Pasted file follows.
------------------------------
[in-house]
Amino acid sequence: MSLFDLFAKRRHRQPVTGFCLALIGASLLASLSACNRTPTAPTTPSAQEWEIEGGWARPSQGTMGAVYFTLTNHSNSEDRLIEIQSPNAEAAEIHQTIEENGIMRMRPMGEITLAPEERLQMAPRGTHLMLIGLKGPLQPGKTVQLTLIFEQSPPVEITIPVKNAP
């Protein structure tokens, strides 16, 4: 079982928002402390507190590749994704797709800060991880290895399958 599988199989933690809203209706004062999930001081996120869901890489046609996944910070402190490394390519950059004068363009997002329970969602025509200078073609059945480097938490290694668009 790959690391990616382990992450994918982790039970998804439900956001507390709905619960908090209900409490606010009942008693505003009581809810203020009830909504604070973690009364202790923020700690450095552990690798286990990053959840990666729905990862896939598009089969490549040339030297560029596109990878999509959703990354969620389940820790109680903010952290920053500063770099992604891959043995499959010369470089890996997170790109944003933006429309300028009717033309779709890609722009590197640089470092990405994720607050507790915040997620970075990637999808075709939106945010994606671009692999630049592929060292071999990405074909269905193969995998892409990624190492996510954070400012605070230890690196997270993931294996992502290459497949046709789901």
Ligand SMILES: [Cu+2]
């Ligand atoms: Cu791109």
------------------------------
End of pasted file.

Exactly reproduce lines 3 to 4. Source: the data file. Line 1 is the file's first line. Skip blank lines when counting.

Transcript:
């Protein structure tokens, strides 16, 4: 079982928002402390507190590749994704797709800060991880290895399958 599988199989933690809203209706004062999930001081996120869901890489046609996944910070402190490394390519950059004068363009997002329970969602025509200078073609059945480097938490290694668009 790959690391990616382990992450994918982790039970998804439900956001507390709905619960908090209900409490606010009942008693505003009581809810203020009830909504604070973690009364202790923020700690450095552990690798286990990053959840990666729905990862896939598009089969490549040339030297560029596109990878999509959703990354969620389940820790109680903010952290920053500063770099992604891959043995499959010369470089890996997170790109944003933006429309300028009717033309779709890609722009590197640089470092990405994720607050507790915040997620970075990637999808075709939106945010994606671009692999630049592929060292071999990405074909269905193969995998892409990624190492996510954070400012605070230890690196997270993931294996992502290459497949046709789901």
Ligand SMILES: [Cu+2]